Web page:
Finding ways around treatment resistance
“My PSA had been going up a bit over a period of a few months, but then it started to jump up quite rapidly. That’s when we did the scan to check if the cancer had spread and it was clear that after five and half years that the abiraterone was no longer working for me.”
Alan Oliver regards himself as one of the lucky ones. Diagnosed at the age of 56 with advanced cancer, he was initially given hormone therapy and when that stopped working, his doctor offered him a brand-new drug for men in his situation – abiraterone.
Abiraterone is a wonder drug for some men, like Alan, but for others it can mean they lose vital months taking a treatment that isn’t working for them. That’s because most men’s cancers at that stage are either already resistant to the drug or quickly become so.
For the past ten years, we have been working to find out why this happens.
Researchers designed abiraterone to stop the production of the hormone testosterone, which encourages prostate cancer cells to grow by activating a protein known as the androgen receptor. A large-scale trial that showed it could reduce deaths by a third, led by Professor Johann de Bono.
We awarded a grant of £143,000 to Professor Johann de Bono in 2008, which discovered that resistance could develop in lab-grown cells through mutations in the androgen receptor. These mutations meant the receptor was activated by a wide range of hormones, not just testosterone – like damaging a lock so that a number of different keys can open it.
“The important thing for us is that if you understand what causes resistance, then you can also understand how to treat the patients who are progressing on abiraterone with better drugs,” says Professor de Bono. “We have many other drugs that we are testing that we can try when abiraterone is failing. By understanding what causes the resistance, we can get better at developing new treatments that can make a difference.”
The results from this early research suggested that treatment resistance could be overcome by combining abiraterone with another drug, enzalutamide, which also targets the androgen receptor. This combination approach is currently being tested in men as part of the STAMPEDE clinical trial.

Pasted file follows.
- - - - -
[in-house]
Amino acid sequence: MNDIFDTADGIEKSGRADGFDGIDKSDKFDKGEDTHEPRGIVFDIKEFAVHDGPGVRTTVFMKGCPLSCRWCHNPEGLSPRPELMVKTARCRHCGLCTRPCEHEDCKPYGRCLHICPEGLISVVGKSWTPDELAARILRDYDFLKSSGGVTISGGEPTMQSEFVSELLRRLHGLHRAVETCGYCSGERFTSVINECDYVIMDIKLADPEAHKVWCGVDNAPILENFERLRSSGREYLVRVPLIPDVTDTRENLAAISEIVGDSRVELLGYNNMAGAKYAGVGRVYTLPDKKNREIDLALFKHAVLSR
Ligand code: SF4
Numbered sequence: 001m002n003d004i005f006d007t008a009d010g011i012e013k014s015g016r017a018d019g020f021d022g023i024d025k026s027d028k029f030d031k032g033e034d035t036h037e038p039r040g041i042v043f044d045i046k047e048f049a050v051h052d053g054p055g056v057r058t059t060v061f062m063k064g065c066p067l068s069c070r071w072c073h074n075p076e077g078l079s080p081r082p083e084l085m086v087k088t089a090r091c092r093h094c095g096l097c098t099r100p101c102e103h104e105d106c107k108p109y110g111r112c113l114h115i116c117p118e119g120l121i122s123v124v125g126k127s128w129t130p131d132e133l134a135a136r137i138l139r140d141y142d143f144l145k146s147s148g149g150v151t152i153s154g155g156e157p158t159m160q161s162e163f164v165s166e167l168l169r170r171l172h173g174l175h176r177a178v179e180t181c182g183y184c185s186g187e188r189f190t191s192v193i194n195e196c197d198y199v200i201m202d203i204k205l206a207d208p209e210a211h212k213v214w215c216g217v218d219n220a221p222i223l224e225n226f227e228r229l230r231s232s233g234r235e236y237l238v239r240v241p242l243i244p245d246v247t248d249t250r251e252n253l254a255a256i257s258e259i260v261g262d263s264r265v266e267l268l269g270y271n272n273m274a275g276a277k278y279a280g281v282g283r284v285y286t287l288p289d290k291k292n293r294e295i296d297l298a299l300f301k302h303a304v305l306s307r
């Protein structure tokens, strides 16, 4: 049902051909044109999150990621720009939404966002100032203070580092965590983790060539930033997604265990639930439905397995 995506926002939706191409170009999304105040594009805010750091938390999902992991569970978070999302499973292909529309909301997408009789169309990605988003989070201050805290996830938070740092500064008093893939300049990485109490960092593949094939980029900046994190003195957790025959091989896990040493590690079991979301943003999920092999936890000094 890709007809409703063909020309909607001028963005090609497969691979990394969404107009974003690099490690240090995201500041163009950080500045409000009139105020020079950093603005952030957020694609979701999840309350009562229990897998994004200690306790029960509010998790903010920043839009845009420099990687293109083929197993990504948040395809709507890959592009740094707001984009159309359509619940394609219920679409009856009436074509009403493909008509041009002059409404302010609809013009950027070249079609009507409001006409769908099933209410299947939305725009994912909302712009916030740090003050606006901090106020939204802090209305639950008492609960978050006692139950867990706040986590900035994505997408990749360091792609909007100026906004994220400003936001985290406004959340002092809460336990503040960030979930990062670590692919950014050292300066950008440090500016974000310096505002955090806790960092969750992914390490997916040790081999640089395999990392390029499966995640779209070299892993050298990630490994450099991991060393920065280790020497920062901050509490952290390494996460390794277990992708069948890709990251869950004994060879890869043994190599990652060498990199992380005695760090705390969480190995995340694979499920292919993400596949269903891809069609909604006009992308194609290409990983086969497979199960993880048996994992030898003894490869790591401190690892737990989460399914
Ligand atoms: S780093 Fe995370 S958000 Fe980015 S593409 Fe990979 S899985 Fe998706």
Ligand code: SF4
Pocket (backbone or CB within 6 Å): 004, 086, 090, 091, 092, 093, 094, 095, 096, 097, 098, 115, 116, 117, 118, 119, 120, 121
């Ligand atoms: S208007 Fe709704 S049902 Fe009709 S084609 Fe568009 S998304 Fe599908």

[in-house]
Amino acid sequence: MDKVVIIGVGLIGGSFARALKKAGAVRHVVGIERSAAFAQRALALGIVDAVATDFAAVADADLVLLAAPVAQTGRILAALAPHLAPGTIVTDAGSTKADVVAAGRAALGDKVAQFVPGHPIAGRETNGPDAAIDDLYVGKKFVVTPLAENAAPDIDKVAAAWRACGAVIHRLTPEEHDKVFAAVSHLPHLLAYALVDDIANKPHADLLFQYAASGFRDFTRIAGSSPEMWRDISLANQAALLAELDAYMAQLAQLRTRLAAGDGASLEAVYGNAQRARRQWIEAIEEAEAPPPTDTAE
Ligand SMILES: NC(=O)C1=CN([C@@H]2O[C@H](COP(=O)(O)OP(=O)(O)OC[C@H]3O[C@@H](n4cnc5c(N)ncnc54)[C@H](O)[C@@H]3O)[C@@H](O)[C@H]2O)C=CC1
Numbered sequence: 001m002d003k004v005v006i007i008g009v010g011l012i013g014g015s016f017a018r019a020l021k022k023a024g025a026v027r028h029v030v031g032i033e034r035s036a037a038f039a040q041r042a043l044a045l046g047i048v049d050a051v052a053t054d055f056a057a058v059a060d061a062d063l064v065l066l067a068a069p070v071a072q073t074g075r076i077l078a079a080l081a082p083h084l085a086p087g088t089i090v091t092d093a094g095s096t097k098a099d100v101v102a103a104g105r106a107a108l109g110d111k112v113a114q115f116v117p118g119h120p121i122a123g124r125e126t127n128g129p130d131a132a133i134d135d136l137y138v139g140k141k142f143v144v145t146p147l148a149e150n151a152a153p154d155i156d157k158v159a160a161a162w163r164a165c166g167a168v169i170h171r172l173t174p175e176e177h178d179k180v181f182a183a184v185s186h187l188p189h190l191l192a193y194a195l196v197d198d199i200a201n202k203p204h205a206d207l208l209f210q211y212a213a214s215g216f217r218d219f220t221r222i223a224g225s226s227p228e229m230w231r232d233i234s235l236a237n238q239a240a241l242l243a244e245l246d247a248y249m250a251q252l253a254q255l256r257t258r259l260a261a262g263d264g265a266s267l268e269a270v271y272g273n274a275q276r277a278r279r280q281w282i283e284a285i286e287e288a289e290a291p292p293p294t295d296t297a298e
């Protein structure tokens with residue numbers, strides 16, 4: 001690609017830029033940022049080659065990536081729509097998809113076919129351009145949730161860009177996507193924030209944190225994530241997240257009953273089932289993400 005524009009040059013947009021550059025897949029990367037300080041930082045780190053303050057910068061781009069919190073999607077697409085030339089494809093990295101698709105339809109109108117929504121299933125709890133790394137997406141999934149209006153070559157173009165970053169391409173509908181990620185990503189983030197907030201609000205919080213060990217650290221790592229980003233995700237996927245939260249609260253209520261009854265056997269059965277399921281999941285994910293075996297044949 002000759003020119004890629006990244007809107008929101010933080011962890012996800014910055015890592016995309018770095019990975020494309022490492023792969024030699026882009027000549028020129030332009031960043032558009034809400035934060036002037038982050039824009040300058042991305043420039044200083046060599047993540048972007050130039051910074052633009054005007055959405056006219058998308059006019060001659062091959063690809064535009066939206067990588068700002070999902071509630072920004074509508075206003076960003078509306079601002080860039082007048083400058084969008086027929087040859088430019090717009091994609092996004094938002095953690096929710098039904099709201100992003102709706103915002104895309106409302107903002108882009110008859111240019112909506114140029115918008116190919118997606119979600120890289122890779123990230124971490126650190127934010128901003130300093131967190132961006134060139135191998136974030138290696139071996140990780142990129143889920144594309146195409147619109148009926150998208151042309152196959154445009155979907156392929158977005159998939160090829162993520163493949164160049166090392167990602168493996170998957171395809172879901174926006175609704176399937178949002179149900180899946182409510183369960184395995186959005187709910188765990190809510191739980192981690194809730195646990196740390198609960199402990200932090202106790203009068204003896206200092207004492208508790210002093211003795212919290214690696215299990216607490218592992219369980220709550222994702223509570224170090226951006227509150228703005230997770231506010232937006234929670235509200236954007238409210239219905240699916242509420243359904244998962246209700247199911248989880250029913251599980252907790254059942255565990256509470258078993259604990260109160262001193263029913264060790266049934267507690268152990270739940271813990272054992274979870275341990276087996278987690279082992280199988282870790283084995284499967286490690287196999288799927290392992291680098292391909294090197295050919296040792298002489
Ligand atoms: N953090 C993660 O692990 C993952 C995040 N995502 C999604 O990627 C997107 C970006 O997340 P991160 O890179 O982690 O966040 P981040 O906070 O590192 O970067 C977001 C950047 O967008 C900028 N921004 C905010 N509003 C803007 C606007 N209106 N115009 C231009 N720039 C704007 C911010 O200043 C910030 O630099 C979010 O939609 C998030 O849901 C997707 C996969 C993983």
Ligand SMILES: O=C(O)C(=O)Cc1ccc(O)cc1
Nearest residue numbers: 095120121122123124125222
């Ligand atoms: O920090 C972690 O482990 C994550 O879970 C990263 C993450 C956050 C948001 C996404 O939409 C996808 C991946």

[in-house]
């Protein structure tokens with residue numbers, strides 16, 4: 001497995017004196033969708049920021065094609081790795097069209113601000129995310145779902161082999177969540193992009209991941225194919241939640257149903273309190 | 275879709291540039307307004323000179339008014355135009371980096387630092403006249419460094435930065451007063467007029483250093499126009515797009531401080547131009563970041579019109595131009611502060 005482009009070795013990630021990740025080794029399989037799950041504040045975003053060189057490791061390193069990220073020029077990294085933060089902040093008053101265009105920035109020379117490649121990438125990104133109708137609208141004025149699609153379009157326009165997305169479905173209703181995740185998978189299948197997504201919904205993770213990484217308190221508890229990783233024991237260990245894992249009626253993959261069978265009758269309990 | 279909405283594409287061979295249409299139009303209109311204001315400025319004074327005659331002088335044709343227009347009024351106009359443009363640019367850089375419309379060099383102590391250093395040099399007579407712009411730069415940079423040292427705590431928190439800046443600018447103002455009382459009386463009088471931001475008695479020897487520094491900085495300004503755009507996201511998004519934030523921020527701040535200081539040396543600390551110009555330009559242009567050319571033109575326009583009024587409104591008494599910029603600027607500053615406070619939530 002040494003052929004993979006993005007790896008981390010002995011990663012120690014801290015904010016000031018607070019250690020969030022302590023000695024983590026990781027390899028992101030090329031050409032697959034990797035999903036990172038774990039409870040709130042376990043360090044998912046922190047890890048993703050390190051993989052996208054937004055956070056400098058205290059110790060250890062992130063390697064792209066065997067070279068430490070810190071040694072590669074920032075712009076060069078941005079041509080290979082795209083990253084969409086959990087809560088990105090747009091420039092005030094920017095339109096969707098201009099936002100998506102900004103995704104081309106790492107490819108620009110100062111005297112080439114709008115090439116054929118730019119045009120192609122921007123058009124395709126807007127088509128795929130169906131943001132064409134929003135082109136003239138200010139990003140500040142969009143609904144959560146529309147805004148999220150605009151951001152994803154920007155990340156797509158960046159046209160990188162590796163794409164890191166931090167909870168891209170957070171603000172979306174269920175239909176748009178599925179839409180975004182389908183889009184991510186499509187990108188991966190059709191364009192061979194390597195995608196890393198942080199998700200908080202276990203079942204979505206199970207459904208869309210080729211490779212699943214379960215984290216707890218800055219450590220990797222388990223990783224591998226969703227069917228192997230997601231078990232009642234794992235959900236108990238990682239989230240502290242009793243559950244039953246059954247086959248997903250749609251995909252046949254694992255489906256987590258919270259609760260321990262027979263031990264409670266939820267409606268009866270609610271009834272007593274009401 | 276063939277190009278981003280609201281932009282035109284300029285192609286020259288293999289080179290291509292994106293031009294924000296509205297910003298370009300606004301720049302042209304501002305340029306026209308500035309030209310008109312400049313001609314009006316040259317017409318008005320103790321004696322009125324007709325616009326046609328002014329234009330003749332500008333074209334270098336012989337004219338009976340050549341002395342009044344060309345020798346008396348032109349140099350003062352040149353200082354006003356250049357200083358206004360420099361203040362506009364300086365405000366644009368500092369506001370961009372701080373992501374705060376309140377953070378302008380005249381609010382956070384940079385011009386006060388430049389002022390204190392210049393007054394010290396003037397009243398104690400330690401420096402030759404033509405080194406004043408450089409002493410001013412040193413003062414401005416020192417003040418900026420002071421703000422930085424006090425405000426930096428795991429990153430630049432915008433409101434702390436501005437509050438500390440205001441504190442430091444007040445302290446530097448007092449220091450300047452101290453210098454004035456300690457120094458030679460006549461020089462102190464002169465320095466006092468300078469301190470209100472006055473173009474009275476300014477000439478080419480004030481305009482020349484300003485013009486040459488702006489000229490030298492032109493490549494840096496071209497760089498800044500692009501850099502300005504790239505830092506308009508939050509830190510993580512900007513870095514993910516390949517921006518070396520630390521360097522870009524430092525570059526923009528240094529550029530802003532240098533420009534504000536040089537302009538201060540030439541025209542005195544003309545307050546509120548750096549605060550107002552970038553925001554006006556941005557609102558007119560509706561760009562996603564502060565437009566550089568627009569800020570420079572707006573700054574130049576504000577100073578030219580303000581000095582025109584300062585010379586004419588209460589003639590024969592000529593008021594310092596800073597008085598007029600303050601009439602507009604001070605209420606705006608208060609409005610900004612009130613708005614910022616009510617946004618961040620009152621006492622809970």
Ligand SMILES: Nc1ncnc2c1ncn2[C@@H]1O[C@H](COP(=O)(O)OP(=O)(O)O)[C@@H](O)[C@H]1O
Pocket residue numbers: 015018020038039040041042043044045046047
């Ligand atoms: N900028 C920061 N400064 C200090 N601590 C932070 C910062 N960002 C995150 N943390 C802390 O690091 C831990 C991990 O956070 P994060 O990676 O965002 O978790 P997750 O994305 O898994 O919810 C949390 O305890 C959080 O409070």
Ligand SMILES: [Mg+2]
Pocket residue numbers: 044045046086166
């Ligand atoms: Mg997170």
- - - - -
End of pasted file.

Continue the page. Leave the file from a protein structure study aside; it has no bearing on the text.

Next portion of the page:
After understanding what happens in cells grown in the lab, we provided another grant of £248,000 to this lab in 2009 to study samples from men who weren’t responding to abiraterone. Using blood samples, they developed a technique to extract tumour cells circulating in the bloodstream and sequence their DNA, known as a ‘liquid biopsy’.
Selecting the right men
This research helped to understand the changes that protect the cancer against the effects of abiraterone. By looking for these changes in the cancer’s DNA, the researchers hoped to predict the effect of abiraterone.
“We believe we have a better understanding of which patients will respond to abiraterone and which will not. And if we can confirm that in ongoing studies we believe that this will help us to select which patients should receive abiraterone and which shouldn’t. This will help us to understand how abiraterone works and who will benefit from it,” says Professor Johann de Bono. “Without the support of Prostate Cancer UK we wouldn’t be where we are today.”
In 2013, we awarded £246,000 to Dr Gerhardt Attard, who worked alongside Professor de Bono on abiraterone, to identify which men would benefit from the drug. He found that patients with changes to the androgen receptor are less likely to benefit from abiraterone.
He recalls one patient in particular: “His PSA level initially dropped over 90 per cent, but soon after that his disease rapidly started to get worse. He became very unwell and died shortly after, before he could have any other treatment. We collected blood samples from him as part of the study, and analysed them afterwards. We realised that he had one of the changes in the androgen receptor gene that meant he was resistant to abiraterone.”
That man was one of 97 patients that Dr Attard and his team studied to develop a blood test. This test checks cancer DNA that is circulating in the blood, which allows doctors to understand what is happening in each individual man’s cancer.
This research allowed him to narrow down their search to just two key changes to the androgen receptor. They found that men with either of these changes were five times less likely to have a good response to abiraterone treatment.
Currently, it can take 12 weeks to see if a man’s cancer is responding to treatment – time that a man with advanced cancer cannot afford to waste taking a drug that isn’t working for him. With this new test, we hope to buy more time for him.
Not only could this help men to avoid taking a drug that wouldn’t benefit them, it could also save money for the NHS. This test was designed to cost less than £50, compared to more than £2000 for a month of abiraterone.
This exciting blood test has recently received a lot of attention as it could allow – for the first time – a personalised, precision approach to treatment based on the genetic makeup of each man’s cancer.
Before this test can be used by doctors, it needs to be confirmed in a trial to see if it can help men to live longer by switching them to a more suitable treatment if they appear resistant to abiraterone. In 2016, we awarded £859,000 to Dr Attard to carry out this trial, known as PARADIGM.
If this is successful, Dr Attard hopes that by the end of the trial they will have collected all the scientific data necessary to persuade health regulators to make this test available to all men with hormone resistant prostate cancer, so that doctors can work out which treatment route would be most beneficial for them.